Performed by the people of London
Pros: An informative introduction and an emotive conclusion winds this show up into a tight and smart piece.
Cons: There are four “routes” of which you only get given one. This means you miss out on three times the stories you see.
Our Verdict: A Festival which focuses on the complex and diverse people that make up London. A personal theatre trip that will make you appreciate those humans who you interact with but don’t see daily.
|Credit: John Hunter|
I’ve been living in London for five years. Ever since moving to the south for university, I have been lucky enough to experience the wonders of the capital . Love it or hate it this cosmopolitan urban centre has an awful lot to offer and this is evidenced both by and in the most recent intimate 1-on-1-on-1 Festival by the freshly refurbished Battersea Arts Centre.
Planned like a secret service operation, an army of BAC volunteers steer twice as many audience members through the rabbit burrow of this old and immensely interesting building, leading them through a journey of real London stories as told by those that actually experienced them. Each room holds one person, not an actor but someone who is willing to tell their story to strangers. They sit only in the candle light in rooms sometimes as small as a snug or as large as a ballroom and audience members enter two by two, listen to their story and then leave, altered by the true stories they have just been told.
There is little communication between the audience and the story-teller; in fact this is passively discouraged. We are given time at the end to fill in cards to each story teller if we wish and place them around what is slowly becoming a shrine. A monument to the tales as designed and created by the performers. However, we are encouraged to speak to one another as audience. We see each story with just one other audience member. A vital part of this show is how we interact with one another. I felt like I was on a blind date when I said goodbye to my friend on the marble stairs and made my way to my first story and the first audience member I was to experience this story with. And that’s part of the point of this show. 8 million people make up this city and yet we communicate with so few on a day to day basis. This festival is an attempt to bring Londoners together, whether you’re born and bred here or have been adopted by the hard-edged yet passionate city. For the connection between all these stories was the city of London.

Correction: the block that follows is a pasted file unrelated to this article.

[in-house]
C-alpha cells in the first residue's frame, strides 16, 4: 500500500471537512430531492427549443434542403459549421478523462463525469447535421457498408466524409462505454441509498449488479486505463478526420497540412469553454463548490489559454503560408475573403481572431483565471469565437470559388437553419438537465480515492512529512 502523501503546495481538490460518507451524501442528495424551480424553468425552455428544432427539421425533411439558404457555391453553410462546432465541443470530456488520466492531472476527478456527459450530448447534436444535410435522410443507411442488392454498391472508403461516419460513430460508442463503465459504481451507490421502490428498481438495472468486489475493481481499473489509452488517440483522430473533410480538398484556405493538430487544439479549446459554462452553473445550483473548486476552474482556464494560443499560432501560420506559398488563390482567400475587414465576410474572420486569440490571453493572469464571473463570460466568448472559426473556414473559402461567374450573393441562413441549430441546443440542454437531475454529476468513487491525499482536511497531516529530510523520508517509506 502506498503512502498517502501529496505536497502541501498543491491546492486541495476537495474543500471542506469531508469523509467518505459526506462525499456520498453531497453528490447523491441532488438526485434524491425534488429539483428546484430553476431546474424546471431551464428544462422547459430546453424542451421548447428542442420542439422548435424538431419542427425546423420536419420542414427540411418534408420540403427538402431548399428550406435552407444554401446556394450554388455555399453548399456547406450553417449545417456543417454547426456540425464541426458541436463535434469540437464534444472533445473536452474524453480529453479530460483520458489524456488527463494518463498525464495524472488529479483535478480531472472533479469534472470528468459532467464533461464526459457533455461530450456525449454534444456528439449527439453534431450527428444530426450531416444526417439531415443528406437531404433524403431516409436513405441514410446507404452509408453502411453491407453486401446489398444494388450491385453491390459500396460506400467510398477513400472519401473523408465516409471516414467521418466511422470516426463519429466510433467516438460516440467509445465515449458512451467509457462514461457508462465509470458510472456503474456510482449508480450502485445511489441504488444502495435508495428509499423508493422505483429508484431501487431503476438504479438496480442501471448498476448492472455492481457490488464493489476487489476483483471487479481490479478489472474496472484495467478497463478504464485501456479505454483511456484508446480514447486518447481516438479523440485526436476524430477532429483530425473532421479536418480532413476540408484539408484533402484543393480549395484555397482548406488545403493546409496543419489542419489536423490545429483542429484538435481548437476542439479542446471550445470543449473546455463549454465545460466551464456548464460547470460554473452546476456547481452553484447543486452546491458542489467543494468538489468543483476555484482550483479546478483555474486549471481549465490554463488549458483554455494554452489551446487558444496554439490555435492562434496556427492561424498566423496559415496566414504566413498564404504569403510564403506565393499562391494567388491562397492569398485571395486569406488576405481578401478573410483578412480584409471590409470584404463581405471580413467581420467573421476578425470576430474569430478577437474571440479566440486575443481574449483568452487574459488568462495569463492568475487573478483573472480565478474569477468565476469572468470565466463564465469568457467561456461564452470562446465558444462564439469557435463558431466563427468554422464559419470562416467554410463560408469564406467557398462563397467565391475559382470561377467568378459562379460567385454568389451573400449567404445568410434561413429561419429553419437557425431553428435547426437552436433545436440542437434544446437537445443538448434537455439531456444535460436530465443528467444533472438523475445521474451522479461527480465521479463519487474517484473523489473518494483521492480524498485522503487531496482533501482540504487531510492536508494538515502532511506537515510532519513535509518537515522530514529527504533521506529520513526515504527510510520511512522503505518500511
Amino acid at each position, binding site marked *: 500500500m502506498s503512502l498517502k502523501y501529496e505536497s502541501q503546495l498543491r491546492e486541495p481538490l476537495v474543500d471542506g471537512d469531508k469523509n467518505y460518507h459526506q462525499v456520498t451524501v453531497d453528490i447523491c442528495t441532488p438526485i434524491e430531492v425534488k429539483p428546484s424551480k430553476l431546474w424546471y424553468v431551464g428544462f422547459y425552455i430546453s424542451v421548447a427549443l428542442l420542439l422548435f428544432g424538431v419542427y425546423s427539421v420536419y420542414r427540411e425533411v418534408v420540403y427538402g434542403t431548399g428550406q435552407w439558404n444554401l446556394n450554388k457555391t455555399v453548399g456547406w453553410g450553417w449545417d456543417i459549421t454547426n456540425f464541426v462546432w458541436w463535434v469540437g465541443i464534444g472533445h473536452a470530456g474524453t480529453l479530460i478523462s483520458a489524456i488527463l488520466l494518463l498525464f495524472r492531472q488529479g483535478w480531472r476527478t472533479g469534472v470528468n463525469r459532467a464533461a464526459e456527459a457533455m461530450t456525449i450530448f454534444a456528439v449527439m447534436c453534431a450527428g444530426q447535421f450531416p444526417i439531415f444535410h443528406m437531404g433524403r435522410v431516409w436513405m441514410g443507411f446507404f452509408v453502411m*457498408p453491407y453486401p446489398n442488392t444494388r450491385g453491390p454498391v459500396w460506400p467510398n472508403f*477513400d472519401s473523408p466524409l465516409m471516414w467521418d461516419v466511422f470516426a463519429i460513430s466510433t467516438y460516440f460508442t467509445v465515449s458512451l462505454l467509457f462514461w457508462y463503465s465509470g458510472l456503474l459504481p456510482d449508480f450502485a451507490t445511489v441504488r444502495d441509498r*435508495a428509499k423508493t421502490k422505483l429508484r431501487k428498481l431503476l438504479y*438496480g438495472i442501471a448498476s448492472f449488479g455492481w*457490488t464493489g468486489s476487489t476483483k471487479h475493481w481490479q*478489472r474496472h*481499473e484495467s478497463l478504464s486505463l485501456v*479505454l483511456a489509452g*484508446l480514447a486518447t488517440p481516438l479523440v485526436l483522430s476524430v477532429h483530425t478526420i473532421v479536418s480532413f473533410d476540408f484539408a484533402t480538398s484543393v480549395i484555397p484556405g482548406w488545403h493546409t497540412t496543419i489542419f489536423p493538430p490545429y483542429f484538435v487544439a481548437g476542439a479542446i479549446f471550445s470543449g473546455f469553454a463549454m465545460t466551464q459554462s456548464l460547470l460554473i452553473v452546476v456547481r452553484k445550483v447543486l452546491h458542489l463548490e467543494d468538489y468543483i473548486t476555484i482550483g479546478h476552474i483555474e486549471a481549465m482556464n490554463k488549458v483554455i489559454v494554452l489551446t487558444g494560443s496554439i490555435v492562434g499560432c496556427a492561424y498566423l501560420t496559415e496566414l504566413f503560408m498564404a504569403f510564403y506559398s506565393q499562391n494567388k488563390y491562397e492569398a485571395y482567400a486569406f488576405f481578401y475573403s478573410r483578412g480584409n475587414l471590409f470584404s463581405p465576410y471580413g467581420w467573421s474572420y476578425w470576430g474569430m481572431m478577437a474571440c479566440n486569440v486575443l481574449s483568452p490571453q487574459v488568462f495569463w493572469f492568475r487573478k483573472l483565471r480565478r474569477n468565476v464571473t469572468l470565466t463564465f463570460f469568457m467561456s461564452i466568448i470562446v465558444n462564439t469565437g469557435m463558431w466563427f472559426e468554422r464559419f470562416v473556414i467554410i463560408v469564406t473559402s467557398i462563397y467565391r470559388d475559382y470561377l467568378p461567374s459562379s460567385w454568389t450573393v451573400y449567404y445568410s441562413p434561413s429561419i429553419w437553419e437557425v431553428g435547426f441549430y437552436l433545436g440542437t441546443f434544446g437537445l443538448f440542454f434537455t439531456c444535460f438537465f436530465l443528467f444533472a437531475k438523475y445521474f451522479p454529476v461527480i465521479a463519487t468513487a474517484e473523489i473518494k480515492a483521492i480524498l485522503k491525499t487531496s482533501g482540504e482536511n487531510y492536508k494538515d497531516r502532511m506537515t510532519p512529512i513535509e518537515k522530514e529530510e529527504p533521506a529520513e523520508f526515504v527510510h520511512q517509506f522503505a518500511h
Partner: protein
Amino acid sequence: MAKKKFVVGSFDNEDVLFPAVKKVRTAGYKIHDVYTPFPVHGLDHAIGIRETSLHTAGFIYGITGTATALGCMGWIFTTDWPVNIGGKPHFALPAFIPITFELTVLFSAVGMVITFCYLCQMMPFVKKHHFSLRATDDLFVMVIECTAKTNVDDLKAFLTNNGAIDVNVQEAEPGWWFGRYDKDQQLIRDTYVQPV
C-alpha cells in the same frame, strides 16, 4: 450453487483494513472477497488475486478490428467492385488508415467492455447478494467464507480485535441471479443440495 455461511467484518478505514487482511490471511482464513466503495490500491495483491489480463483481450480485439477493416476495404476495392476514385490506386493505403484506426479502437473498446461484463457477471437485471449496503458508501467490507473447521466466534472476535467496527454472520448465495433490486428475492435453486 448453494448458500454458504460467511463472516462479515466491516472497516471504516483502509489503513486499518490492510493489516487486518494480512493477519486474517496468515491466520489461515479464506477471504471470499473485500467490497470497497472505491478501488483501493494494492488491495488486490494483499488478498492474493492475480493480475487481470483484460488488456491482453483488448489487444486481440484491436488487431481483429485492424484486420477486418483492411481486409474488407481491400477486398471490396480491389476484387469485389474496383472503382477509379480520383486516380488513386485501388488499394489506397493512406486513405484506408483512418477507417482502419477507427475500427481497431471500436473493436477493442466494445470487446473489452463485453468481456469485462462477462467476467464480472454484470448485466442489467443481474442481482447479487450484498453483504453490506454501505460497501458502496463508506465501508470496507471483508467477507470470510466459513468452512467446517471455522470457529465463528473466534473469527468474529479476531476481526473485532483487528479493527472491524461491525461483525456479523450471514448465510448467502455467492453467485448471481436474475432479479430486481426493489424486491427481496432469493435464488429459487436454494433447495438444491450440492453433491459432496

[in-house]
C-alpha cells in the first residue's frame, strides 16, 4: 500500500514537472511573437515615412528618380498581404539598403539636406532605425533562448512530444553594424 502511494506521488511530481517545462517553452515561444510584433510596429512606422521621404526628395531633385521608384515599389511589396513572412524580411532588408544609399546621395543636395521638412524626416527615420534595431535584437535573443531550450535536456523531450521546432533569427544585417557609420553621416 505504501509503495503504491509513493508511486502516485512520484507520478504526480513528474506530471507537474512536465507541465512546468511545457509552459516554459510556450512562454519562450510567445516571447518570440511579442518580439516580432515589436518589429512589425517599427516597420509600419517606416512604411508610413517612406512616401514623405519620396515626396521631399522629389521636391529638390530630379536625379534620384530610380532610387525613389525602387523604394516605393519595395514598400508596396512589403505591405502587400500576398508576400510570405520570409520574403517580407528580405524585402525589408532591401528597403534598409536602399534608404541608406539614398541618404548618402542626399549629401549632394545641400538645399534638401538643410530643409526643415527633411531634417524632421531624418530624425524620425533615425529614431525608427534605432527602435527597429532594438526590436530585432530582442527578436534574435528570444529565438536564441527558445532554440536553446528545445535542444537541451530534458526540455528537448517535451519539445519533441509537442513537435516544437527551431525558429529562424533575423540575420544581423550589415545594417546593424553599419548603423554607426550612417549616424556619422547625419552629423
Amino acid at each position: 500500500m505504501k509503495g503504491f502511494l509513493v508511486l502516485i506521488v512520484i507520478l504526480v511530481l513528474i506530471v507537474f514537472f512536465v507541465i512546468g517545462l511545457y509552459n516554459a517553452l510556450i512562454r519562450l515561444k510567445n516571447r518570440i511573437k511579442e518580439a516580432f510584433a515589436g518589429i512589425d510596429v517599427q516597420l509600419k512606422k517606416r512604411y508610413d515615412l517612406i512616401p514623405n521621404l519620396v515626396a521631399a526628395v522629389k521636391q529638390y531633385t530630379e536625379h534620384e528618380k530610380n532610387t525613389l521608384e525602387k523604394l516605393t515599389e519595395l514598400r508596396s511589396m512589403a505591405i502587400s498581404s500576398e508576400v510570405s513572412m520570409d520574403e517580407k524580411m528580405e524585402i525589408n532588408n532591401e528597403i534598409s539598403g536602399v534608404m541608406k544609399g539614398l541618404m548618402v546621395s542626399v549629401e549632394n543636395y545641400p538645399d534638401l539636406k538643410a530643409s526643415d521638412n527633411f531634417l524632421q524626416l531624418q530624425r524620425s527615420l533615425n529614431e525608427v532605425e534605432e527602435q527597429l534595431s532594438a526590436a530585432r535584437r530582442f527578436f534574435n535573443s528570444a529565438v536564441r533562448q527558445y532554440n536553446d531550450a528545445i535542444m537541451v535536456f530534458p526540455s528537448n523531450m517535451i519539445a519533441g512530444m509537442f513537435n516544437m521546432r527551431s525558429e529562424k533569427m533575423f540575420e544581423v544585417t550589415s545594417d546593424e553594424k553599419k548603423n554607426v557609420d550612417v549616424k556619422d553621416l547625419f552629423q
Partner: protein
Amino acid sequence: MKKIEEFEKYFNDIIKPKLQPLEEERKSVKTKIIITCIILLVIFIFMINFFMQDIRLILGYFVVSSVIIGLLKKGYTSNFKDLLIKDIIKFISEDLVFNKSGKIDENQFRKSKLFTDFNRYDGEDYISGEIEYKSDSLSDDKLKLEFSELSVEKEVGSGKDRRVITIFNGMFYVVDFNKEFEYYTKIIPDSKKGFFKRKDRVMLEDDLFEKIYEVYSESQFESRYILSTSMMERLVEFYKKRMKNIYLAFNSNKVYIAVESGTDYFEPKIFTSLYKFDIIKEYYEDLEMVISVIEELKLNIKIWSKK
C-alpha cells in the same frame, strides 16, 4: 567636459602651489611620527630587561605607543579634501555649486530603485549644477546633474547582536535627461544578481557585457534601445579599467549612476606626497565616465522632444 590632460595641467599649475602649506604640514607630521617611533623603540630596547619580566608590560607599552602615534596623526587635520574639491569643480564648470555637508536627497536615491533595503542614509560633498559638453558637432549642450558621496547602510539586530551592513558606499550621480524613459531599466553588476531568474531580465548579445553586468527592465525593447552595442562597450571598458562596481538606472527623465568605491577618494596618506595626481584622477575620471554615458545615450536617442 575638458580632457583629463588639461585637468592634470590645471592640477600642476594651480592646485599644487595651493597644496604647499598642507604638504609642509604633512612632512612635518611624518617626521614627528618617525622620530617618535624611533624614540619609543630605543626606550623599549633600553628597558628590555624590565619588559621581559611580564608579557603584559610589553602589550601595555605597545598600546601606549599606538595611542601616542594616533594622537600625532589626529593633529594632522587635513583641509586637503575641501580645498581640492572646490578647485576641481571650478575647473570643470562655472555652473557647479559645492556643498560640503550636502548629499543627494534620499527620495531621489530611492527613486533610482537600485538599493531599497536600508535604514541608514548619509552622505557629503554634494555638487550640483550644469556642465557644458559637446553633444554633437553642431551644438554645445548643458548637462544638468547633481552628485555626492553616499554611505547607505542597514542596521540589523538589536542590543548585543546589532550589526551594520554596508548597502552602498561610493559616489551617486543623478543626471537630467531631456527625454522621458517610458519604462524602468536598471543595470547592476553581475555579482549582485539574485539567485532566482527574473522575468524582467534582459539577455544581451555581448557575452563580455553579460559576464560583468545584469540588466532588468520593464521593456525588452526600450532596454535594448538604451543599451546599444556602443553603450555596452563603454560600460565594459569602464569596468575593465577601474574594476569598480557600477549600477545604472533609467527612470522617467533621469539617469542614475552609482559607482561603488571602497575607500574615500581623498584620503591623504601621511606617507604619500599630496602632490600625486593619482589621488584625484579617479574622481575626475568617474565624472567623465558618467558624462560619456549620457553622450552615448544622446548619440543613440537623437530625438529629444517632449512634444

I’m going to say very little about the actual stories, except that they were all very different; some of them were amusing, others saddening while some were just memories. It was strangely satisfying to listen to stories with no purpose to them except to be remembered. This brought with it a really strong emotional attachment to the tellers and to London that I still can’t shake off 24 hours later. Sadly, there are roughly 30 stories to be told and on one evening you will only see 6 which leaves you with a desire to hear more, like you’ve missed out on so much.
As non-performers, the story-tellers were all excellent. They each told their tales with rhythm and pace, truly fantastic coming from “normal people” who were not trying to act. They really represented both the diverse characters of London but with similarities running through the stories. It was interesting to note an additional aspect of Britishness running through the show, enhanced substantially at the end by the offering of free tea!
The opening welcome talk and time for reflection (and tea) at the end gives this evening precisely what it needs, a purpose. Without this, the show could have felt unravelled and without drive. Overall, this is an interesting project, it’s just a shame London and her people are so complex – it’s impossible to pack it all into 95 minutes.
Please feel free to leave your thoughts and opinions in the comments section below!
London Stories runs until the 28th September 2013 Visit https://www.bac.org.uk/content/29454/see_whats_on/current_shows/tuck_in/london_stories for more information and to book tickets or call 020 7223 2223.